INDIANAPOLIS – Simon Pagenaud expects the IndyCar Grand Prix to be very different from the first four races. So does just about everyone else in Gasoline Alley.
The expected warm temperatures and breezy conditions could change racing conditions on Saturday. New aero kits are expected to create better drafting. A smoother asphalt surface is expected to make cars less sensitive. And this time, winning the pole may not be the surest path to victory lane.
The combination is expected to create more passing and a better overall show for the fans, a perfect combination for race organizers.
“You can follow closer and not get as affected as before,” said Pagenaud, a two-time race winner. “So there’s more (passing) opportunities for sure. Now we’ll see how many restarts there are because here it’s always very exciting on restarts because it’s such a long straightaway. There’s a lot of action into Turn 1.”
There are plenty of uncertainties, too.
By condensing the weekend schedule from three days to two, drivers had only two short practice sessions before qualifying. All 24 drivers will have one more 30-minute tuneup on the 2.439-mile, 14-turn road course Saturday morning.
The limited track time may explain why some familiar names – Marco Andretti, Scott Dixon, Graham Rahal and Ryan Hunter-Reay – failed to reach the second round of qualifying. Pagenaud, Alexander Rossi, Helio Castroneves and Tony Kanaan were all eliminated in the second round and defending series champion Josef Newgarden barely made the final qualifying group.
Will Power won his third Indy GP pole with a fast lap of 1:09.8182 on his final run of the day.
Everyone seems to expect an increase in the kind of daring moves that can create intrigue, consternation and anger. Possibly crashes, too.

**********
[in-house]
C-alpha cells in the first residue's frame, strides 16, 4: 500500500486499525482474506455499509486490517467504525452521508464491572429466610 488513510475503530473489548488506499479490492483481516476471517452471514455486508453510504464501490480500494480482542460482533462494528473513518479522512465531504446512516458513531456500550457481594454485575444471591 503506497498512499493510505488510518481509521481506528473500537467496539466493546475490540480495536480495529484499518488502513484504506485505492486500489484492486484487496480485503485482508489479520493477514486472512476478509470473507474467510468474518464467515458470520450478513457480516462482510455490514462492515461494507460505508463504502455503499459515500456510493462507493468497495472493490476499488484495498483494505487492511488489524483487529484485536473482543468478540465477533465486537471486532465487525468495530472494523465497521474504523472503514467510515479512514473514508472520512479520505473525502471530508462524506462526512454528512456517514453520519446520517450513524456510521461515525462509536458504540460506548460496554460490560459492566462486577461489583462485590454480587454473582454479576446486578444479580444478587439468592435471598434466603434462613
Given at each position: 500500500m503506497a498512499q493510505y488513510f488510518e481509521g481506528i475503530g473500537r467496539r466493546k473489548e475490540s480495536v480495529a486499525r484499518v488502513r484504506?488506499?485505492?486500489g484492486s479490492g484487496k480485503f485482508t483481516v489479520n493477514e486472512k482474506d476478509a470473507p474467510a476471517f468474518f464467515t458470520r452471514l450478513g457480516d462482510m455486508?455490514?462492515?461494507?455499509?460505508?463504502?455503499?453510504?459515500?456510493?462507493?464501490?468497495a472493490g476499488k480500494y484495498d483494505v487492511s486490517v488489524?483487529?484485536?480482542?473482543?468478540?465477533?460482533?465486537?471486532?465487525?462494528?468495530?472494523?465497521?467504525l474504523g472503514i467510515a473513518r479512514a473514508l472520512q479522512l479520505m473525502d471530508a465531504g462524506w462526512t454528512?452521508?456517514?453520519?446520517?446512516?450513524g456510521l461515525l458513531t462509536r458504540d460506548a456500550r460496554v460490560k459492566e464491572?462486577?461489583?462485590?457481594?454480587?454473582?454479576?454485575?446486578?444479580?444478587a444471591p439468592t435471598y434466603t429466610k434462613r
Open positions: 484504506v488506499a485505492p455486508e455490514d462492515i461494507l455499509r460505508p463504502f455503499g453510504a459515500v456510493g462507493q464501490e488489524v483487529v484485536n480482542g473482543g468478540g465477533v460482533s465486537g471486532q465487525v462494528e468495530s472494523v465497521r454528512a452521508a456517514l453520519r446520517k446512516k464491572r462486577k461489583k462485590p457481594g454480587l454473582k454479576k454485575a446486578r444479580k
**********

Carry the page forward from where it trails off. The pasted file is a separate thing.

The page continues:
Sebastien Bourdais knows just how dicey it can be. He complained publicly about everything from IndyCar rulings to his fellow drivers after successfully negotiating one of this season’s best passes at Long Beach – only to have it negated by a penalty for using pit lane.
The Frenchmen who drives the No. 18 Dale Coyne Racing Honda expects things to heat up again this weekend.
“Just a lot of passing opportunities (here), and especially with the new aero kit this year,” Bourdais said. “I think it will be quite an interesting race, and even more so if the weather comes into play.”
In previous years, Indy’s road course hasn’t created much tension.
Pagenaud and Team Penske teammate Power have split the first four Indy GP races, Pagenaud winning in even-numbered years, Power in the odd-numbered years. The only pole winner who failed to win the race was Sebastian Saavedra in 2014. He got caught up in a crash at the start that prevented three drivers, including Saavedra, from completing a lap.
Nobody believes it will be such a one-sided affair this time.
Series officials have said nearly twice as many total passes were logged over the first four races than last season, something they expect to continue this weekend and at the Indianapolis 500 on May 27.
Fans also will be watching the engine manufacturer’s race between Chevy and Honda, which is tied at 2-2 going into the weekend.
That’s exactly what organizers wanted when it made the technical changes after last season.
“We don’t know how it races yet here, but everywhere else, it’s been better,” Power said, referring to the new cars. “It’s just easier to follow. You don’t have a big, dirty wake from all the winglets and stuff that was hanging off the old car. I can see it being – especially being such a hot day on race day – pretty good racing, tire degradation, and people might struggle to come on to the front straight here a little bit, so yeah, it’ll be absolutely better racing here than last year.”
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